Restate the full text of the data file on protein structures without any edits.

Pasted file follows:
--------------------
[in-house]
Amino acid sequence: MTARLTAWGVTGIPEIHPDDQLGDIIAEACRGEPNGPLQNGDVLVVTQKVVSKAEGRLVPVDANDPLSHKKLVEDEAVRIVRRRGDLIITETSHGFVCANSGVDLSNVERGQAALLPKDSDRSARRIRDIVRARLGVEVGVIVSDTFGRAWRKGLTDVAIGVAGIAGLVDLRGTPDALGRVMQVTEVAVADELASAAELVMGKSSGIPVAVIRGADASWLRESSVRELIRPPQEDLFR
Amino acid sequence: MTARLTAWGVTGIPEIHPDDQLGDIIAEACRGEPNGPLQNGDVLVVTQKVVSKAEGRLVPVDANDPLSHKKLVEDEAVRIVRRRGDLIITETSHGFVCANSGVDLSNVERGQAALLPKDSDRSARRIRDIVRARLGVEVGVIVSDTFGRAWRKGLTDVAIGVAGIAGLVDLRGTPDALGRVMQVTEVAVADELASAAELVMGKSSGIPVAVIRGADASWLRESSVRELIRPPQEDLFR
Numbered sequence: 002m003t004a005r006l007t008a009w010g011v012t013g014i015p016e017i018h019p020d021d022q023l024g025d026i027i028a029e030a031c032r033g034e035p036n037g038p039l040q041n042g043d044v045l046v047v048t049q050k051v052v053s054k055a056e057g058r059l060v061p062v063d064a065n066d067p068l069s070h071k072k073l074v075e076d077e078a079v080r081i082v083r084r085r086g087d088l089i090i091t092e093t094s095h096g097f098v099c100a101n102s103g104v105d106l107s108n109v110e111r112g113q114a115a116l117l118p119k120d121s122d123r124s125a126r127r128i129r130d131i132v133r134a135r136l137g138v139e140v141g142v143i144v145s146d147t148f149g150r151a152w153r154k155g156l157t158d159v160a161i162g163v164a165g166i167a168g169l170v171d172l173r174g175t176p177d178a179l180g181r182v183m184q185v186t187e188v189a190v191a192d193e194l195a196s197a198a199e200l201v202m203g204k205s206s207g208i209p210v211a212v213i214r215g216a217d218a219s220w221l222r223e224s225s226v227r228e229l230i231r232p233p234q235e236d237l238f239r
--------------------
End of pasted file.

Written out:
[in-house]
Amino acid sequence: MTARLTAWGVTGIPEIHPDDQLGDIIAEACRGEPNGPLQNGDVLVVTQKVVSKAEGRLVPVDANDPLSHKKLVEDEAVRIVRRRGDLIITETSHGFVCANSGVDLSNVERGQAALLPKDSDRSARRIRDIVRARLGVEVGVIVSDTFGRAWRKGLTDVAIGVAGIAGLVDLRGTPDALGRVMQVTEVAVADELASAAELVMGKSSGIPVAVIRGADASWLRESSVRELIRPPQEDLFR
Amino acid sequence: MTARLTAWGVTGIPEIHPDDQLGDIIAEACRGEPNGPLQNGDVLVVTQKVVSKAEGRLVPVDANDPLSHKKLVEDEAVRIVRRRGDLIITETSHGFVCANSGVDLSNVERGQAALLPKDSDRSARRIRDIVRARLGVEVGVIVSDTFGRAWRKGLTDVAIGVAGIAGLVDLRGTPDALGRVMQVTEVAVADELASAAELVMGKSSGIPVAVIRGADASWLRESSVRELIRPPQEDLFR
Numbered sequence: 002m003t004a005r006l007t008a009w010g011v012t013g014i015p016e017i018h019p020d021d022q023l024g025d026i027i028a029e030a031c032r033g034e035p036n037g038p039l040q041n042g043d044v045l046v047v048t049q050k051v052v053s054k055a056e057g058r059l060v061p062v063d064a065n066d067p068l069s070h071k072k073l074v075e076d077e078a079v080r081i082v083r084r085r086g087d088l089i090i091t092e093t094s095h096g097f098v099c100a101n102s103g104v105d106l107s108n109v110e111r112g113q114a115a116l117l118p119k120d121s122d123r124s125a126r127r128i129r130d131i132v133r134a135r136l137g138v139e140v141g142v143i144v145s146d147t148f149g150r151a152w153r154k155g156l157t158d159v160a161i162g163v164a165g166i167a168g169l170v171d172l173r174g175t176p177d178a179l180g181r182v183m184q185v186t187e188v189a190v191a192d193e194l195a196s197a198a199e200l201v202m203g204k205s206s207g208i209p210v211a212v213i214r215g216a217d218a219s220w221l222r223e224s225s226v227r228e229l230i231r232p233p234q235e236d237l238f239r